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Persian

The Court of Fath 'Ali Shah at the Nowrooz Salaam Ceremony. circa 1830

Linen; pencil underdrawing with bodycolour and gold paint | RCIN 1005133

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  • These paintings are reduced copies of a group of life-size murals which once covered three walls of the reception hall in the Negaristan (Summer) Palace outside Tehran. Commissioned by the King of Persia, Fath 'Ali Shah (1722-1834), the murals were completed in 1812-13 by a team working under the supervision of the principle court artist, 'Abdullah Khan, and portray an imaginary New Year's reception at the Persian court.

    Piece 1 depicts Fath 'Ali Shah enthroned with twelve of his sons standing alongside. Fath ‘Ali Shah sits kneeling on a large, jewel-encrusted throne with a water pipe in hand and a sword resting across his lap.

    Piece 2 depicts the Shah's attendants who would have stood below the steps of the throne carrying the royal insignia (the jewel-studded sword, shield of state, bow and arrows, a flagon and a covered dish).

    Pieces 3 and 4 show two rows of nobles and court officials as well as foreign envoys who were received on various occasions in the early nineteenth century. Placed according to rank, they all stand with their hands crossed turned towards the Shah. Amongst them are the British John Malcolm, Hartford Jones and Gore Ouseley; the French General Gardane with Mssrs Jaubert and Jouanin; and ambassadors from Russia, the Ottoman Empire and Sind.

    As in the original mural, all of the 118 figures in this undated copy are identified in Persian inscriptions. Two of the chief courtiers – Mirza Reza Quli and Mirza Bozorg – hold scrolls bearing further inscriptions. These appear to be petitions but it is unsure as to their purpose in the painting.

    As part of the Nowrooz ceremony the Shah presented each of his chief courtiers with a complete brocade coat and a shawl, which they can be seen wearing in the paintings. Figures who have not been bestowed with this honour include the artist of the original mural, 'Abdullah Khan, and the architect of the Negaristan Palace, Aqa Jani, standing at the top far left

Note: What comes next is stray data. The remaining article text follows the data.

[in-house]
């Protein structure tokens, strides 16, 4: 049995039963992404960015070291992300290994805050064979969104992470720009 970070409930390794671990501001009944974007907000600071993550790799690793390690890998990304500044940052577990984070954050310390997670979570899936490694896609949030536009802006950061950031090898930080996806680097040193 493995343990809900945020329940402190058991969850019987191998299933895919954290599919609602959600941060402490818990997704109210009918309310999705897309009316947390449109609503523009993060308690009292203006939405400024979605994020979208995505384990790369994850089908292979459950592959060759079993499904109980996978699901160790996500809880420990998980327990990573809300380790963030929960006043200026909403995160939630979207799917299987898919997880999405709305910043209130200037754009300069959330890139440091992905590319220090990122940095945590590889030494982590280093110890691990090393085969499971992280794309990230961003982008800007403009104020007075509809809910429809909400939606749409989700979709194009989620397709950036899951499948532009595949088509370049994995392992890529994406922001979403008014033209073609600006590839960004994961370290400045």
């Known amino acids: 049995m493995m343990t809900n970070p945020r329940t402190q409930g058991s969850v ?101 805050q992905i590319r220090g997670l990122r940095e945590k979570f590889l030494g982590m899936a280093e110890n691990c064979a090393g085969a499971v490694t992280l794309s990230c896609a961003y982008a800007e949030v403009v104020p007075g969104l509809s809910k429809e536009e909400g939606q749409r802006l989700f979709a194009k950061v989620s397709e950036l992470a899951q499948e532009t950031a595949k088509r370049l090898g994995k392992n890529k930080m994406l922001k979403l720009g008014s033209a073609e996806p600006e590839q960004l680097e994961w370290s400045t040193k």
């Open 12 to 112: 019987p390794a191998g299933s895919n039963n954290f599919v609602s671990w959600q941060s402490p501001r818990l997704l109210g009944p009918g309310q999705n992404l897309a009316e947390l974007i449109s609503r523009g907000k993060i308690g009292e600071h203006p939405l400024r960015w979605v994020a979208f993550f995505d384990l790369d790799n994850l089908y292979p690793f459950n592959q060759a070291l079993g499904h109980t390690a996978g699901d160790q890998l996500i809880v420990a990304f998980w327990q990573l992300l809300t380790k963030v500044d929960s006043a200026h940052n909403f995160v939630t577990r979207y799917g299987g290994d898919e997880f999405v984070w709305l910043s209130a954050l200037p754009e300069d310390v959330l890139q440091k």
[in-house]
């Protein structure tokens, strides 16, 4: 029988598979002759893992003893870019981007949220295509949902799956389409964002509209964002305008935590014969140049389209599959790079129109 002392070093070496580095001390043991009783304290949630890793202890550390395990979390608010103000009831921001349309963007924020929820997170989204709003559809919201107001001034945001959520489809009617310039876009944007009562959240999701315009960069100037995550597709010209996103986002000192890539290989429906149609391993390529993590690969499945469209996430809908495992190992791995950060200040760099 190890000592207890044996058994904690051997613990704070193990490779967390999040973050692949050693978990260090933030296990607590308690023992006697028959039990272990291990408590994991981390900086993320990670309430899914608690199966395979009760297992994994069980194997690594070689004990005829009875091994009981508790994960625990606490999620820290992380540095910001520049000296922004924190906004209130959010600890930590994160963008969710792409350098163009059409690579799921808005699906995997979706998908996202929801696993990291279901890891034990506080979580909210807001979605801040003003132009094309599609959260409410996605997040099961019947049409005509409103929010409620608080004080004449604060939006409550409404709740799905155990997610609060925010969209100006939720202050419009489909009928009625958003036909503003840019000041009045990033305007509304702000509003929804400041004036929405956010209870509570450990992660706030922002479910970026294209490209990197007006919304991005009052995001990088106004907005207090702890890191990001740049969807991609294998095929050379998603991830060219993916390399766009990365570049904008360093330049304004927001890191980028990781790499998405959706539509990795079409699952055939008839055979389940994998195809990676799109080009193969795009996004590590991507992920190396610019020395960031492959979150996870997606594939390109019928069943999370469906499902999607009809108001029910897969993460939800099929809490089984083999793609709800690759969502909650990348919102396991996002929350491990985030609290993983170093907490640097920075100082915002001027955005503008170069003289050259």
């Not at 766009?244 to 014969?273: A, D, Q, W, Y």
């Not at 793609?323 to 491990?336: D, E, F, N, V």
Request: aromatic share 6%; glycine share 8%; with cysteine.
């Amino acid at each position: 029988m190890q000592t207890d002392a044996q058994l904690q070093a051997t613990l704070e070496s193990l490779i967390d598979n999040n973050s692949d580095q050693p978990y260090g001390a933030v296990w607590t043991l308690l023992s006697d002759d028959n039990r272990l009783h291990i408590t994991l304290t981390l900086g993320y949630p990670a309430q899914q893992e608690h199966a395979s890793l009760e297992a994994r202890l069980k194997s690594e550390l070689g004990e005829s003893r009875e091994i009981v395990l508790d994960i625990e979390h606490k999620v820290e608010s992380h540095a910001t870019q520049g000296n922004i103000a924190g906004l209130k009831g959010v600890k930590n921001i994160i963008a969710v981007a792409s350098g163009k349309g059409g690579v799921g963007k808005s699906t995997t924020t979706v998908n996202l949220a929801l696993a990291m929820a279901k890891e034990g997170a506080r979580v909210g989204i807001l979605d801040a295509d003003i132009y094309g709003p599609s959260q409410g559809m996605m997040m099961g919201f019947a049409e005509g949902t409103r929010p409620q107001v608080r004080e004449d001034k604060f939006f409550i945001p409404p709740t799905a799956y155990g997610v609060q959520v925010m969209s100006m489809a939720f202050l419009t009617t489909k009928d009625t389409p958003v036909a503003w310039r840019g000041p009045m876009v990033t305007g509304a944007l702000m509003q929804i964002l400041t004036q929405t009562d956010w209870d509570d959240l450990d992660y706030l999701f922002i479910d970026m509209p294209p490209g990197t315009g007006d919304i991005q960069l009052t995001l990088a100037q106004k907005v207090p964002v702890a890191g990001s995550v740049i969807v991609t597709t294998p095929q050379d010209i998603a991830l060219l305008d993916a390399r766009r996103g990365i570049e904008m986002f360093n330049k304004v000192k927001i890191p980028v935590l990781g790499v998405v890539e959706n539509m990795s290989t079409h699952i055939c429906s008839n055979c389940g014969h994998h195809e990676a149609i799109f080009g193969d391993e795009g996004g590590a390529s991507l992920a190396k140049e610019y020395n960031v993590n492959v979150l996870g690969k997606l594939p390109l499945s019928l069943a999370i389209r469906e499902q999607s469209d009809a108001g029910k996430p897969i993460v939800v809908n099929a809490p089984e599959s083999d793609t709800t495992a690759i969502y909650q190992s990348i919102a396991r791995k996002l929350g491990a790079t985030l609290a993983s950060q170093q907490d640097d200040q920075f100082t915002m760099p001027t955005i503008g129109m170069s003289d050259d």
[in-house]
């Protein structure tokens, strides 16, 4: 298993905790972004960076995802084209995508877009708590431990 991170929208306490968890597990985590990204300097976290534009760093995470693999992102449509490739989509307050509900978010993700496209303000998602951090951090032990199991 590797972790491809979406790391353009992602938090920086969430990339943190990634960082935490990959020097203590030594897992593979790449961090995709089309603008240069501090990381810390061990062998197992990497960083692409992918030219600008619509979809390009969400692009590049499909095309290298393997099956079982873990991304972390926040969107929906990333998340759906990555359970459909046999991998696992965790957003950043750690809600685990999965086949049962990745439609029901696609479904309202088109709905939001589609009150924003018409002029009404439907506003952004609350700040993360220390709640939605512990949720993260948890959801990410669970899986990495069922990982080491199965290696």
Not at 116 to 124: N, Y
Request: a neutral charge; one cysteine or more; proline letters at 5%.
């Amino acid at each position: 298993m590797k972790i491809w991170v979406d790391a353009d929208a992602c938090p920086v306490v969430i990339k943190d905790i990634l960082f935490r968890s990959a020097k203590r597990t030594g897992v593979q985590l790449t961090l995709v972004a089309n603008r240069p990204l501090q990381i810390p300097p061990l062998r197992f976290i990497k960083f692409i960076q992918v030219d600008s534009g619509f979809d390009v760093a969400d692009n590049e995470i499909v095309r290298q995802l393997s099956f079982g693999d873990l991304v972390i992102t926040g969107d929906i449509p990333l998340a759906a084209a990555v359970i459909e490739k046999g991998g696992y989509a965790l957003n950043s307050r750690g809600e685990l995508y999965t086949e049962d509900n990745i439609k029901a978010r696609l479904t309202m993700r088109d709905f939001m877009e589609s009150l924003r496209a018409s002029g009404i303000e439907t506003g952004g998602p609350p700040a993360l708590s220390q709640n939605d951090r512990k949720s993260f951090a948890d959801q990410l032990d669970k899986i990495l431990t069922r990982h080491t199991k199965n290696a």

Fath 'Ali Shah adopted the Persian title 'Shahanshah' ('King of Kings') and his reign is noted for its elaborate court protocol, pomp and opulence. The mural is a display of Persian royal glory – nobles and representatives of world rulers submitting to the Persian king – and it is likely that copies such as this were intended as propagandist tools for diplomatic distribution.

     

    This group of paintings entered the Royal Collection in January 1837 when it was presented to William IV by Sir John Campbell. Campbell had been a British envoy in Persia from the mid-1820s until 1835 and on the death of Fath 'Ali Shah had played an effective role in securing the throne for the shah's grandson, Muhammad Mirza, by funding the prince's troops.

    In his letter to General Sir Herbert Taylor (the King's private secretary) which accompanied the paintings, Campbell states that "the walls of the palace are now becoming so defaced from neglect, I doubt whether it will be possible hereafter to make a correct copy of the painting." The original murals have indeed now disappeared although a full-scale copy was made in Tehran in 1904.

    Provenance

    Presented to William IV by Mr Campbell, 5 January 1837

     

  • Medium and techniques

    Linen; pencil underdrawing with bodycolour and gold paint